By Robert Vineberg, Special to the Province | Link to Article
The Fraser Institute recently released a report entitled, Immigration and the Canadian Welfare State 2011 that claims that the annual cost of immigration to Canada is $16.3 billion. The institute’s analysis zooms in on one small aspect of the economics of immigration and ignores the larger picture entirely.
The authors of the Fraser Institute report note that in 2006, Canadians earned an average of $35,057, whereas immigrants arriving during the 15 years between 1987 and 2004 earned an average of only $26,253. The authors calculate that while all Canadians paid an average of $16,501 in taxes, immigrants paid an average of $10,340. They go on to assume that immigrants consume roughly $15,900 in benefits from all levels of government and, in turn, that each immigrant is costing Canada about $6,000 per year. Given that Canada admitted some 2.7 million immigrants between 1987 and 2004, they conclude that the annual cost of immigration to Canada is $16.3 billion.
The authors state that it would be “quite defensible to use the number of immigrants who arrived over a longer period of time,” and add that it “is our hope that this will be sufficient to encourage public discussion about the affordability of existing immigration policies.” In this spirit, I am pleased to offer the following critique of the Fraser Institute analysis.
It is important to note that the average income of immigrants who had been in Canada more than 15 years prior to the 2006 census was, in fact, higher than the average income of persons born in Canada. These immigrants would, therefore, be paying more taxes than the average Canadian-born person. This turns the Fraser Institute’s analysis on its head and suggests that immigrants are net contributors to government revenues if their entire working life is considered.
Having established that the data can lead to two completely different conclusions, I would suggest that the whole principle of such analysis is faulty because it is uni-dimensional. There are more aspects of immigrant contributions to Canada.
In the first place, every working person in Canada contributes more to the common good than just their taxes. Often, an immigrant brings skills to a workplace allowing his or her employer to keep others employed. Immigrant entrepreneurs employ hundreds of thousands of people born in Canada. Poorly paid immigrant domestics free up Canadian-born parents to earn often extremely high salaries.
Additionally, a vast relatively under-populated country like Canada has enormous “fixed costs,” including national defence, running diplomatic missions abroad, maintaining inter city transportation infrastructure and so on. All of this can be made less expensive for every Canadian resident if there are more taxpayers to share the burden. The Fraser Institute also ignores the fact that Canada’s commitment to international humanitarianism includes welcoming some 20,000 refugees each year. These persons, who may have suffered horribly both physically and mentally, are often unable to earn a decent salary for many years and they depress the average immigrant income calculations.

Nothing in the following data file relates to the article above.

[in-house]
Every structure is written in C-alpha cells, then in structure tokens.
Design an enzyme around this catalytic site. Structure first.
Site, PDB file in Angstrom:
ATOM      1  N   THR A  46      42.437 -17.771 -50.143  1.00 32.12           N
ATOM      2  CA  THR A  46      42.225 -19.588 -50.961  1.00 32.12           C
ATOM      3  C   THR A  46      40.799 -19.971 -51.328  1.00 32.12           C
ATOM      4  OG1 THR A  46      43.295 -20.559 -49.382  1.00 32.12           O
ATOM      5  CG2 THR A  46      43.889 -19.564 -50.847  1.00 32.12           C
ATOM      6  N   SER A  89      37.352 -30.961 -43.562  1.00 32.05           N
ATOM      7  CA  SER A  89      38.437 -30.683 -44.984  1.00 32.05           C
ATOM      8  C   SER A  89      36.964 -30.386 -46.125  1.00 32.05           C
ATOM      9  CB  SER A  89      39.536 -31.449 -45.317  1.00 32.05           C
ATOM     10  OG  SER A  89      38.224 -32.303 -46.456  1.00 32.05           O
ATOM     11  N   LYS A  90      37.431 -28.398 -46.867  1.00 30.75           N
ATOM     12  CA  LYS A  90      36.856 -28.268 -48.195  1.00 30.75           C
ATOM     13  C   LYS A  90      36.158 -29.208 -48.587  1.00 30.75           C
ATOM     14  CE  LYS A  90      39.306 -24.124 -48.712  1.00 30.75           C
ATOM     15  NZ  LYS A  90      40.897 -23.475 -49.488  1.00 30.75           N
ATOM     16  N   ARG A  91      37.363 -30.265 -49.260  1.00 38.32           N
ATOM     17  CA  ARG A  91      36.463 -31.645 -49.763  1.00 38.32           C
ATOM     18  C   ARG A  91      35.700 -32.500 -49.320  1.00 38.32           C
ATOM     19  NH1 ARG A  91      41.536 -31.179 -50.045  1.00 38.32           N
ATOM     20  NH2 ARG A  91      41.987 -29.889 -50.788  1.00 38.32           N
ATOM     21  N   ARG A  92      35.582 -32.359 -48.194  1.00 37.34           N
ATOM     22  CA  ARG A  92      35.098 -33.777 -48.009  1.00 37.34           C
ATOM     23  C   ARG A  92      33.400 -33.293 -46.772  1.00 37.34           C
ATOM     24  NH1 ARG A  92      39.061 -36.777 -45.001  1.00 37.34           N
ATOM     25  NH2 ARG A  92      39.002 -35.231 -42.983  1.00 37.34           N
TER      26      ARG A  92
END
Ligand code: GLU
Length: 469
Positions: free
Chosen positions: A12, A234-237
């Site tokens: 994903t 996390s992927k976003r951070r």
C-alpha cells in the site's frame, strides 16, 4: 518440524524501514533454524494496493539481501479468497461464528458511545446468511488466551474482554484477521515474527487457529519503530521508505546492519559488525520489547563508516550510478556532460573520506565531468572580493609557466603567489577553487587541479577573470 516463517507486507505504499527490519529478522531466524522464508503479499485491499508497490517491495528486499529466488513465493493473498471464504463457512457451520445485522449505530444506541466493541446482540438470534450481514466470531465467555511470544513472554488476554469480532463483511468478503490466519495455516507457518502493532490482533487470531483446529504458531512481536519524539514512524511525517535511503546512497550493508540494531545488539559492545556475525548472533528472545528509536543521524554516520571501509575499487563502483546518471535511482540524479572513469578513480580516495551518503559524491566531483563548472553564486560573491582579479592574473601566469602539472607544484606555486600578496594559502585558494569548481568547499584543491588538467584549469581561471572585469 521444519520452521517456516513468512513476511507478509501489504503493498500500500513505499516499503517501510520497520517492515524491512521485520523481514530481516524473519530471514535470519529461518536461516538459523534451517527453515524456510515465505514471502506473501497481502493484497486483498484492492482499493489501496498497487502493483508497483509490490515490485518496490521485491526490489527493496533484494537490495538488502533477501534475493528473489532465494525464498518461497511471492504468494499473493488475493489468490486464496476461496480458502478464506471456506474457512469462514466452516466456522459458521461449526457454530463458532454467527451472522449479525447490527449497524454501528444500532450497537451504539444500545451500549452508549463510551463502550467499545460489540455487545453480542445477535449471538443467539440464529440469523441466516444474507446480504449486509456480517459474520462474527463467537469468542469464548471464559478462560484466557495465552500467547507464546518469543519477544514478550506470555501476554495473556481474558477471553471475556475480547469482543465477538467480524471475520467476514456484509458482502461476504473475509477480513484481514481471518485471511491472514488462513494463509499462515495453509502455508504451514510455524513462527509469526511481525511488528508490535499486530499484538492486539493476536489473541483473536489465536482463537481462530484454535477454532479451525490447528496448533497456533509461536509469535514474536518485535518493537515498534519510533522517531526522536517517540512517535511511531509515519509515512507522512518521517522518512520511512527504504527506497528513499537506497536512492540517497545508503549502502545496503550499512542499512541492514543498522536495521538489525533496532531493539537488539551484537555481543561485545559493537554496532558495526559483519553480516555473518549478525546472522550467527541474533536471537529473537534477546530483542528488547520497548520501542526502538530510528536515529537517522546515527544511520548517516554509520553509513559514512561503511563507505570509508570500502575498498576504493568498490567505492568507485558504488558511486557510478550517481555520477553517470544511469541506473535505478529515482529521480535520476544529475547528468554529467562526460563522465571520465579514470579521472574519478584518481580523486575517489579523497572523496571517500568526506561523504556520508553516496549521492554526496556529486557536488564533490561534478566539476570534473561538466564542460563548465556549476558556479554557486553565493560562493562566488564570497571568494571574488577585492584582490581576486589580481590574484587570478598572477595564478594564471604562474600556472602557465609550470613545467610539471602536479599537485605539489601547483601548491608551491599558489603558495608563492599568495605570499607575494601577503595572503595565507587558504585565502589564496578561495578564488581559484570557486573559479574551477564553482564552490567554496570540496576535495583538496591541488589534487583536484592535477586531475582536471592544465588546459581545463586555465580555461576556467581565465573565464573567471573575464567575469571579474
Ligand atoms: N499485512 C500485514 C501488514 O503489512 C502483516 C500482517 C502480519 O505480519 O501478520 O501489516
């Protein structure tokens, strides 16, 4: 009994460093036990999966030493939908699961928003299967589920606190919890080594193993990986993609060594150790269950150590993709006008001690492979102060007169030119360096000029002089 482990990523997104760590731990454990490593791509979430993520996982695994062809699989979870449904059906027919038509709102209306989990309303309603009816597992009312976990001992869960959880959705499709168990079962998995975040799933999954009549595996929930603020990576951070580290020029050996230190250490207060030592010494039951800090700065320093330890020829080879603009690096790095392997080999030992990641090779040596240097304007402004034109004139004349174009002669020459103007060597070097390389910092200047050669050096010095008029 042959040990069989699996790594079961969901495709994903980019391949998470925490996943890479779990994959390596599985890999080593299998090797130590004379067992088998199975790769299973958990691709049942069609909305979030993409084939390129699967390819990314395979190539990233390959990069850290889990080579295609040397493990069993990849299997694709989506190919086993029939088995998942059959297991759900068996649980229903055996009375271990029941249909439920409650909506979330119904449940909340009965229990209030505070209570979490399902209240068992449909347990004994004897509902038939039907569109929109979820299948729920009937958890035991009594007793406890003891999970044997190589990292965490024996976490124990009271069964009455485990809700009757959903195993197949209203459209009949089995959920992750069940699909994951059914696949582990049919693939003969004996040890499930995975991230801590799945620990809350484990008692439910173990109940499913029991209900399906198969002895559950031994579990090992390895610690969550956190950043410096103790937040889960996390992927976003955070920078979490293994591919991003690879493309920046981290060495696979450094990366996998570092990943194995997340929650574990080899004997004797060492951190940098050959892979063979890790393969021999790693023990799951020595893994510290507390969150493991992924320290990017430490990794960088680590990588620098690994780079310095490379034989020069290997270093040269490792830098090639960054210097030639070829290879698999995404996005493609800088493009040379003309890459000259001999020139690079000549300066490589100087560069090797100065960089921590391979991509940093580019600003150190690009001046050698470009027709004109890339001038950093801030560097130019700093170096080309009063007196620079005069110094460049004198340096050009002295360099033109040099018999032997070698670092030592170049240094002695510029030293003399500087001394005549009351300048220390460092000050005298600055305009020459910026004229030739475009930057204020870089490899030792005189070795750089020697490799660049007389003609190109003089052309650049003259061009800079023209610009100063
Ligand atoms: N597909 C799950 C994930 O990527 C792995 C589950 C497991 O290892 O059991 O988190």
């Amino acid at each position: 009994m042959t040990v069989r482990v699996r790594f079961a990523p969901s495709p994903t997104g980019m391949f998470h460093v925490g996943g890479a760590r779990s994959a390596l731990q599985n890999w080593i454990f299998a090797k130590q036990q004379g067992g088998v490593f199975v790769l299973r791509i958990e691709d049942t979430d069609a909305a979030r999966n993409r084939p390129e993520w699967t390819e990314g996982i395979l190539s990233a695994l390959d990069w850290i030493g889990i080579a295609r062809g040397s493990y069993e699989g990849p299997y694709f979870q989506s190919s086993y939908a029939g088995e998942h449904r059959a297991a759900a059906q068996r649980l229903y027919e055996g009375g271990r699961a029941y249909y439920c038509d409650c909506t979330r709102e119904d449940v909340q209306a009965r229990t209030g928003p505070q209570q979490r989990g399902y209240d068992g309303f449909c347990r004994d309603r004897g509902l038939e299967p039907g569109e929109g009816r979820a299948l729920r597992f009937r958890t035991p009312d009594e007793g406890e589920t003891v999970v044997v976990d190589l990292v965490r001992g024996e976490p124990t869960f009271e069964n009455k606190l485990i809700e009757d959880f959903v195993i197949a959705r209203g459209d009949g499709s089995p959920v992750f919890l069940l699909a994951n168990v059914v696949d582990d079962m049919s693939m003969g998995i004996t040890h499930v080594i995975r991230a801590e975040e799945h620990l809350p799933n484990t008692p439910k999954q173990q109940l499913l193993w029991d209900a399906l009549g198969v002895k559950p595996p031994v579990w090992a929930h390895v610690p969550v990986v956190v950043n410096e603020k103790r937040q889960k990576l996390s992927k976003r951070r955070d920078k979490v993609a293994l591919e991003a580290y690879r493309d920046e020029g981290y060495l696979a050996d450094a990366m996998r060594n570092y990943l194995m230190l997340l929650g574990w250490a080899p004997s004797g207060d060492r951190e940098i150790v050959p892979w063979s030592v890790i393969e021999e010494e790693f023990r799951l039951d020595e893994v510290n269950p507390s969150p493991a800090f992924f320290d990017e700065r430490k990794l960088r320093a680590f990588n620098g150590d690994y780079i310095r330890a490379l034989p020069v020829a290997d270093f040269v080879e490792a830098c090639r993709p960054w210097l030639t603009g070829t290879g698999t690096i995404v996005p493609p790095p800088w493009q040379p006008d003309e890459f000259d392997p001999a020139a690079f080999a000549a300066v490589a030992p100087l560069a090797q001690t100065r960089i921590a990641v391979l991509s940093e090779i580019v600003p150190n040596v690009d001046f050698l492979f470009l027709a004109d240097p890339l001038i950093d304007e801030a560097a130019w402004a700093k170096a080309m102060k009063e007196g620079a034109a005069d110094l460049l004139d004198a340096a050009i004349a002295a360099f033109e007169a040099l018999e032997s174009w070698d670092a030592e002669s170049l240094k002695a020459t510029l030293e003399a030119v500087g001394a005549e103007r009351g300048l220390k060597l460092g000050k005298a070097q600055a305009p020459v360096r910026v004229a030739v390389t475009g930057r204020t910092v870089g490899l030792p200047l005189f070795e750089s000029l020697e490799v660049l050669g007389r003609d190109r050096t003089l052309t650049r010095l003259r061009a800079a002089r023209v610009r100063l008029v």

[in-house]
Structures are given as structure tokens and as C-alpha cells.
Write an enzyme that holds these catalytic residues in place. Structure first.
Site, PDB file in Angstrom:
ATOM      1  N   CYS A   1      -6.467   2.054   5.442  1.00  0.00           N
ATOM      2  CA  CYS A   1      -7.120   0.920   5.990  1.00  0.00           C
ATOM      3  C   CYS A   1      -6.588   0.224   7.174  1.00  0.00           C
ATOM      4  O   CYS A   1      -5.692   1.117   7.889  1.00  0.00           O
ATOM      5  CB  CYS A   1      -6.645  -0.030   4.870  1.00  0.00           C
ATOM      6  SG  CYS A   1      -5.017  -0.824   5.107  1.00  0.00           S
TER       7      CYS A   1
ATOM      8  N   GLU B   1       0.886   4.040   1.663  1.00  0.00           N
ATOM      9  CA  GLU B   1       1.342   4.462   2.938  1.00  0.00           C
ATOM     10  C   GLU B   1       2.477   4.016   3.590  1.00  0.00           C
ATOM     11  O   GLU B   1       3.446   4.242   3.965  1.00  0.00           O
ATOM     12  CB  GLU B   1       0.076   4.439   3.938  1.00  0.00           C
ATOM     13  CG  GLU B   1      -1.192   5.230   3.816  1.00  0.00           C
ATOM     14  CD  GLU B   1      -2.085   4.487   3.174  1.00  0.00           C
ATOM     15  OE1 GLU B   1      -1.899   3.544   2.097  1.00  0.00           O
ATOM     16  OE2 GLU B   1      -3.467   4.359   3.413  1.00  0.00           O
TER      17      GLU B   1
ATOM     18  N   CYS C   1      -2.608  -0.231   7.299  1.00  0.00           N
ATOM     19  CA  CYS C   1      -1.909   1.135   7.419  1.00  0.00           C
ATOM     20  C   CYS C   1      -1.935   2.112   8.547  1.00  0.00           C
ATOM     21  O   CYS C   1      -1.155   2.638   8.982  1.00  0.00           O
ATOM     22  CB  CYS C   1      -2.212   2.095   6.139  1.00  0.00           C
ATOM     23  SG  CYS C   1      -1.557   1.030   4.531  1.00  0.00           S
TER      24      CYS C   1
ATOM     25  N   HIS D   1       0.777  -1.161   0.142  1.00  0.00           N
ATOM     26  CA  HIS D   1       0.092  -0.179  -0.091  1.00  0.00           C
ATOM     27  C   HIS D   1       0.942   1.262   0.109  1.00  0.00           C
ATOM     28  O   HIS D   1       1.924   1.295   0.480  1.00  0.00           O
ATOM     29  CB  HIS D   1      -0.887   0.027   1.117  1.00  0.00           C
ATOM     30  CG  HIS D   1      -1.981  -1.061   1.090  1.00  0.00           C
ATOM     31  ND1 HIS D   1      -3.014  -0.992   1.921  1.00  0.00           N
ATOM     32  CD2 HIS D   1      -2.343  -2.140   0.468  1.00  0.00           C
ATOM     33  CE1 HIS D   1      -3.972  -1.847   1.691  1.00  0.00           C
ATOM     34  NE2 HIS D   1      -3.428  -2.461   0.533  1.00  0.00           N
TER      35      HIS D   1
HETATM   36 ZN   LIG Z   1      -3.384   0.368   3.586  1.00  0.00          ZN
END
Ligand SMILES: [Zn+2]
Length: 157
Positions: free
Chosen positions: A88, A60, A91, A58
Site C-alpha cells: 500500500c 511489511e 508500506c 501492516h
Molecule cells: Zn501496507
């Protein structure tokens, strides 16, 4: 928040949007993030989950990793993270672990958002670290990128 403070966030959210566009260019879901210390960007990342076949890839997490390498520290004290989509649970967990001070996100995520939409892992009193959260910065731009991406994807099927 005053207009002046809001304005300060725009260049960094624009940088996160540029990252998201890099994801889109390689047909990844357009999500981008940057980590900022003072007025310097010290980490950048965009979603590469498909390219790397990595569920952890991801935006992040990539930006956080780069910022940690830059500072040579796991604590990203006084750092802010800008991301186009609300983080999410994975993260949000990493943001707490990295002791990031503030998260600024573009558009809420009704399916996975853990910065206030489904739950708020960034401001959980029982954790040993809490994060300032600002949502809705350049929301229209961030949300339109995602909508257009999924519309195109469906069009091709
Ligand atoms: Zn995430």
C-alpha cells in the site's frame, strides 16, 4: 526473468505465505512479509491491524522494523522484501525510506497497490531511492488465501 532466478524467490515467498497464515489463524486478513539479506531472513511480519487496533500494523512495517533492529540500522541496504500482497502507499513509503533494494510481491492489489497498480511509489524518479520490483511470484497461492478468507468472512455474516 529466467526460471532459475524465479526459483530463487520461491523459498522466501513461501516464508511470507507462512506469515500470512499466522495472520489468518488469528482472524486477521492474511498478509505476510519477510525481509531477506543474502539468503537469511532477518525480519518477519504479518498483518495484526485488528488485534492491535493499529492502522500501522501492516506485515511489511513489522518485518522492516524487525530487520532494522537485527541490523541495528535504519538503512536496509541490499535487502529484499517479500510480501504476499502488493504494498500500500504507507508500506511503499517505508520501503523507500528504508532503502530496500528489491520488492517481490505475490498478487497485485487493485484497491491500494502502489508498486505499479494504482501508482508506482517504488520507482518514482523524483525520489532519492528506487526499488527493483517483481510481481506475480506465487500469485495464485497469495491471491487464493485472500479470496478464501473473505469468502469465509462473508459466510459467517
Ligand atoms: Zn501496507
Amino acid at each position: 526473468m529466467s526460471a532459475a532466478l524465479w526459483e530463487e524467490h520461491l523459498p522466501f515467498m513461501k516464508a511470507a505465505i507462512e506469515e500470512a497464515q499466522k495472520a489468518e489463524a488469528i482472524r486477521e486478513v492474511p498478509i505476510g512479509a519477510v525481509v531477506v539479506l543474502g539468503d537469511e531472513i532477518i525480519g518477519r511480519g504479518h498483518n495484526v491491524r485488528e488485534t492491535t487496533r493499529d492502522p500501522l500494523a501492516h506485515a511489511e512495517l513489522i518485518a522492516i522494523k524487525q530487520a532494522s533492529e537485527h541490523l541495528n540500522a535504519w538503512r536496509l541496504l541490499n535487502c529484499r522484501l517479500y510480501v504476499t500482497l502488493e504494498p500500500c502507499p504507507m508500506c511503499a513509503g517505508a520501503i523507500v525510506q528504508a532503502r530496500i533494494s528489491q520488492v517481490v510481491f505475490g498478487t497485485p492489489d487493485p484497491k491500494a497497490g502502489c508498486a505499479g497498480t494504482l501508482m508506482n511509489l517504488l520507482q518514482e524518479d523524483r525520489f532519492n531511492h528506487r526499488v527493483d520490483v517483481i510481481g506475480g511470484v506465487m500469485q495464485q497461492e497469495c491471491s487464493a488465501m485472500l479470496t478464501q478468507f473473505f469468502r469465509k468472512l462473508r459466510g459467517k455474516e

A narrow cost-benefit analysis is not the only criterion that should be applied to assess the effectiveness of an immigration program. Let us try applying the Fraser Institute’s analysis to primary and secondary education. Statistics Canada’s Summary Public School Indicators for Canada, the Provinces and Territories states that the total cost per primary or secondary student in Canada in 2006 was $10,740. Therefore parents of two school-age children in Canada were receiving a government benefit of $21,480 above and beyond any other government benefits received. Should we outlaw families of two or more children so that Canadian parents do not receive more in benefits than they pay in taxes? Of course not! Education of our children is an investment in Canada’s future. And, equally so, immigration is an investment in Canada’s future.
The Fraser Institute’s report addresses the issue of immigrant selection and makes suggestions that, in their view, would improve the current system. I would welcome constructive debate on how Canada chooses its immigrants and what selection criteria might be most effective to select immigrants who could rapidly contribute to Canada’s economy, culture and society. However, by zooming in on one small part of a complex phenomenon, the Fraser Institute has used uni-dimensional statistical data to analyze a multi-dimensional issue, and has come to conclusions that may appear correct but, if the assumptions involved are examined closely, are unfounded. This does not make a constructive contribution to the needed debate.
Instead, let’s “zoom out” and base any analysis of the costs and benefits of immigration on the complete picture.
Robert Vineberg is senior fellow at the Canada West Foundation, a think tank dedicated to being an objective, non-partisan voice for issues of concern to Western Canadians.
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